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February 27, 2007

NYCC 2007: Second Year In Summary

These are my thoughts from a vantage point 3/4ths of a continent away on this year's New York Comic-Con, which took place last weekend.

* It seems to have been a generally successful show, well-attended, with lots of people on both sides of the table saying they enjoyed themselves and expressing a desire to return in 2008 when the show moves into the Spring.

* Nothing occurred similar in type or degree to the sending ticket holders away horrors of the show's first year in 2006. Any problems that did crop up seemed roughly on par with those that take place at any large comics show. That being said, there seemed to be some correctable and counter-intuitive policies that frustrated some attendees. From what I could glean reading accounts, New York Comic-Con could improve itself in the following areas: 1) professionals participating in convention programming should have access to an accelerated way to get inside and get to their event, 2) flexible staffing should be employed to boost the number of people processing tickets during the show's first couple of hours, when there is a bottleneck of attendees 3) there remains way too many stories of people getting around the rules if they know the right person or complain loud enough, which is an easy way to breed resentment among those who don't and choose not to, and 4) programming might be arranged to better reflect that couple of hours delay early in the day when people are bottlenecked at the front of the show.

* Nothing pops out at me as a dominant sales item or category that helps define a show, in the "New York Comic-Con is a great place to sell X" way. One thing suggested on a few blogs is that there may be more free stuff to be had than might be available at other conventions.

* Just reading accounts, I come away with the feeling that outside of industry announcements much of the con's programming felt by the numbers or uninspired. This is somewhat understandable given how many times certain panelists have done the same kinds of programming over the last several years, but long-term this needs to be recognized and goosed. I read one account that said a comics into movies panel boiled down to "if your product is good, you have a chance," which isn't exactly an insight for which I'd have been happy to sit an hour. As the novelty of seeing one's East Coast industry colleagues goes down in future years, compelling programming will become that much more of a priority.

* I can't decide if I'm slightly confused or not at all by the emphasis on things not-comics that sort of sit at the same lunch table as comics. On the one hand, the celebration of genre TV shows and prose adaptations of licensed fantasy properties and the like is a traditional convention approach, and people like that stuff and connect that stuff to comics without creasing their brow like I do. I'm not completely ignorant; I recognize the mercenary aspects involved. On the other hand, the show has such a strong publisher presence and Reed has such a fine tradition of handling industry-driven events that it makes me wonder if an opportunity hasn't been lost for comics to have a really distinctive East Coast show.

* Maybe it's just that blogs covering comics have been around for a long time now or that the show was a really busy one, but a lot of the blogging about New York Comic-Con seemed slightly less engaged moment to moment than I'm used to seeing. There seemed to be a major run of making one's first post "Day 1" followed by two days of not posting, followed by "Con Wrap-Up." I have no idea why that is.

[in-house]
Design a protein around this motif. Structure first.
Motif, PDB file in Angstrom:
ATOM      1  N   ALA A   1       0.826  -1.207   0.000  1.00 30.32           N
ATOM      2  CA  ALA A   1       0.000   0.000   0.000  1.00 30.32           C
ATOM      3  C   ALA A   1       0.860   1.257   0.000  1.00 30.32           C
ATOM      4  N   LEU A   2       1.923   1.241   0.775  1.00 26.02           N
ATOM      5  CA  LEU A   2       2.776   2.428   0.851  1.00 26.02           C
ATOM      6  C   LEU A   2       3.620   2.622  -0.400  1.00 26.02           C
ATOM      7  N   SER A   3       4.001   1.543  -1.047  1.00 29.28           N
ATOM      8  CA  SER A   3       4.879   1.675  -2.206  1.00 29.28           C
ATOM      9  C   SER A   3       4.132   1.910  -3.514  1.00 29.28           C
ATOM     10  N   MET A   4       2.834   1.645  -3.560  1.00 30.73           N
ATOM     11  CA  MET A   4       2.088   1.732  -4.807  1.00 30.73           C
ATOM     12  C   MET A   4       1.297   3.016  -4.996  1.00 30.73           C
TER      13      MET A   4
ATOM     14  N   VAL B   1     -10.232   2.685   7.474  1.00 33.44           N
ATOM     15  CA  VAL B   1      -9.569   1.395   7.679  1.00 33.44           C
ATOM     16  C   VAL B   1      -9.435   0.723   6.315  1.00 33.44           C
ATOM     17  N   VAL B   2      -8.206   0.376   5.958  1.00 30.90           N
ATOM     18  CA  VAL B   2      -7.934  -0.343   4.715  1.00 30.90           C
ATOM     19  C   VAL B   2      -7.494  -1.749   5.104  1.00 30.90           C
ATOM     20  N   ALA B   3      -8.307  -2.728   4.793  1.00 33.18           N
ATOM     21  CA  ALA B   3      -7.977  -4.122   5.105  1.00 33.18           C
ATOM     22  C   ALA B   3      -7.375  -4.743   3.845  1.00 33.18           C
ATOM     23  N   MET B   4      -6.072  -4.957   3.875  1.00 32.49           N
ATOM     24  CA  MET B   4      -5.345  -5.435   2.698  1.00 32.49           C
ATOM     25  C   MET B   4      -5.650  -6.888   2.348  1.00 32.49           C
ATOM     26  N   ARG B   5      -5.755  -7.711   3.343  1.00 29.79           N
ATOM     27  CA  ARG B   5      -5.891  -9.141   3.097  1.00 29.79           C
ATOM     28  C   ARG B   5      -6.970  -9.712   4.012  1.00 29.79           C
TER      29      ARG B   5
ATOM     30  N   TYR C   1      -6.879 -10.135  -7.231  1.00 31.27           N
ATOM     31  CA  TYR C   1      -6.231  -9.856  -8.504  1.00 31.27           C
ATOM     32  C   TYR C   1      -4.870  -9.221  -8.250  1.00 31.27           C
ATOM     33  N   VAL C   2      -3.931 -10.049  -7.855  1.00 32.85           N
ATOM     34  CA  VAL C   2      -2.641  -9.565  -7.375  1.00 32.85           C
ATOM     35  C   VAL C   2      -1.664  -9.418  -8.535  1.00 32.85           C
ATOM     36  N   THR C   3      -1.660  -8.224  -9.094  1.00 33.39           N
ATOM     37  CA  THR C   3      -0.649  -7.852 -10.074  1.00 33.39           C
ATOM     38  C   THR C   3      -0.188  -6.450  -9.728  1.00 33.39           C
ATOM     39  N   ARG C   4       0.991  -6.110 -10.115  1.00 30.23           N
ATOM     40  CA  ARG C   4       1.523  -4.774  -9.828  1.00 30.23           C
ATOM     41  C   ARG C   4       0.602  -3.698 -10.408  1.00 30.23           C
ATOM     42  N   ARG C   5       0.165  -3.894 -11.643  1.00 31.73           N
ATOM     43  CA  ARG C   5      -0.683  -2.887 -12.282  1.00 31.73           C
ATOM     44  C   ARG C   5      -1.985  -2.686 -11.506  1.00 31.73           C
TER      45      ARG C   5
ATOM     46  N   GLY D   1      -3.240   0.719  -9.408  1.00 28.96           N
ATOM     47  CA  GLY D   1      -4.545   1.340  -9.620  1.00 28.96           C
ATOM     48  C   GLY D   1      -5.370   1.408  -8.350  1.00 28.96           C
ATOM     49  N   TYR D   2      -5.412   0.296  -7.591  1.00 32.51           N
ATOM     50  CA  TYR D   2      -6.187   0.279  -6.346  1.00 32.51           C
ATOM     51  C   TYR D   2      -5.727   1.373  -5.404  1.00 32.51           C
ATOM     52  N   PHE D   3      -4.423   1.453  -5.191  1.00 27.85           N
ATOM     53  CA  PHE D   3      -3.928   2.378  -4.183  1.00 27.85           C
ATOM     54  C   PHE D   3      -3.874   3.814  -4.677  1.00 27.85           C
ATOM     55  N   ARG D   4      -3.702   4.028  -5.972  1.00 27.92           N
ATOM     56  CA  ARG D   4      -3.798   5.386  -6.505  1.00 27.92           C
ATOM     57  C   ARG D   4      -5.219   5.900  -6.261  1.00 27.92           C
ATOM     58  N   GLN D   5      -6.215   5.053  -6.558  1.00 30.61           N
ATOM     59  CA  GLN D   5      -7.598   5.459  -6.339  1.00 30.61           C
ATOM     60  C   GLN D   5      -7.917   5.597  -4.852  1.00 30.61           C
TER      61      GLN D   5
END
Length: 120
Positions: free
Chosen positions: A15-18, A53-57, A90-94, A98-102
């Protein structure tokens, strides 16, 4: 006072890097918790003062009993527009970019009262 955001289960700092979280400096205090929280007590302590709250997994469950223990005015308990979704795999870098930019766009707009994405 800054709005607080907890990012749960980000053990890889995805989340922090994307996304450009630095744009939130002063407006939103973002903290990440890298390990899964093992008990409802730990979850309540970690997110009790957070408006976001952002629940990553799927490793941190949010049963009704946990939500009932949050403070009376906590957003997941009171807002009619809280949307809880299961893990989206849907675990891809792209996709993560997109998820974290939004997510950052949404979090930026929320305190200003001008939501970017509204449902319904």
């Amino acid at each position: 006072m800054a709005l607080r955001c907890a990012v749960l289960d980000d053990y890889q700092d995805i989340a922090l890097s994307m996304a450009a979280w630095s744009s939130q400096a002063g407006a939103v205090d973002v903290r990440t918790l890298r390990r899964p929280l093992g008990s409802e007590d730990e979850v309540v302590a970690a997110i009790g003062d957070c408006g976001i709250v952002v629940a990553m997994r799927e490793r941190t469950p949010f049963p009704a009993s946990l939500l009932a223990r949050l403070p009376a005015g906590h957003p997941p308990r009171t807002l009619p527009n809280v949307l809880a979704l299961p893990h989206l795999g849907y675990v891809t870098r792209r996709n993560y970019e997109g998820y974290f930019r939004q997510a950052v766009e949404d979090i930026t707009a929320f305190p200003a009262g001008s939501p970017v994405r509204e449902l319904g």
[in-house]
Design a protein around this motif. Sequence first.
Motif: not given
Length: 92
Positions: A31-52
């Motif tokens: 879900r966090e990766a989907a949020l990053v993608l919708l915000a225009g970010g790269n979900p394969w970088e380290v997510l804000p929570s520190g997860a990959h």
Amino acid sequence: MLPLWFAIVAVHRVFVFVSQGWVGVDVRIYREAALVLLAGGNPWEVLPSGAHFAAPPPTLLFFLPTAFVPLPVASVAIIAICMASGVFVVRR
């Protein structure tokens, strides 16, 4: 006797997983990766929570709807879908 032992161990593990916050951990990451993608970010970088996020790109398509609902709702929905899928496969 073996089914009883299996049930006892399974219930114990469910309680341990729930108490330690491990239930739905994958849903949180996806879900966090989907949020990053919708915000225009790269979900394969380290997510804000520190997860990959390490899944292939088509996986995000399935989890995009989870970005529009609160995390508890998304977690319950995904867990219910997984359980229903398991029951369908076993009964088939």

* It looks like NYCC did a great job in convincing the big, mainstream companies to announce titles and initiatives at their show, which is something that sometimes gets saved for the Wizard shows. This could be really helpful to NYCC in establishing an identity with those fans. The potential roadblock is that moving the show later into the Spring as will happen in 2008 may shift the publishing announcements from Summer to Fall announcements, which are frequently less sexy and are often reserved at least in part for the summer shows.

* It's only my impression, but it feels like the New York-based book publishers with comics divisions and the manga companies are pretty comfortable with the New York show.

* The important stories coming out of the show were: 1)'s revelation that graphic novels are now outselling comic books, 2) movement forward by Marvel and Top Cow to take advantage of digital distribution, 3) Vertical starts a manga line (I thought this had already been announced, but it seemed to hit some folks as if brand new so maybe not), and 4) Yen Press' first publishing slate.

* Next year I suspect the show will settle down into a marathon pace instead of a sprint, and we'll start to get an idea what kind of show it's going to be for the long term. I hope that means that more companies like Fantagraphics and Drawn and Quarterly start going, as arts comics at the show could use an institutional boost. Ironically, the longer companies like that choose not to attend, the more the show coalesces into the type of event that's less attractive to them.

* Finally, I hate to say this, but if you're on-hand and used to it, people dressing up in all sorts of odd costumes and acting out is colorful flair which one negotiates while doing business; from thousands of miles away looking at photos on-line and reading accounts I have to say the dressing up thing seems completely weird, and not in a good way. I mean, I get it, but then again almost no one goes to BEA dressed up like a character from The Shipping News or whatever.

The Collective Memory for New York Comic-Con 2007 has been moved here for permanent archiving.
posted 9:15 am PST | Permalink

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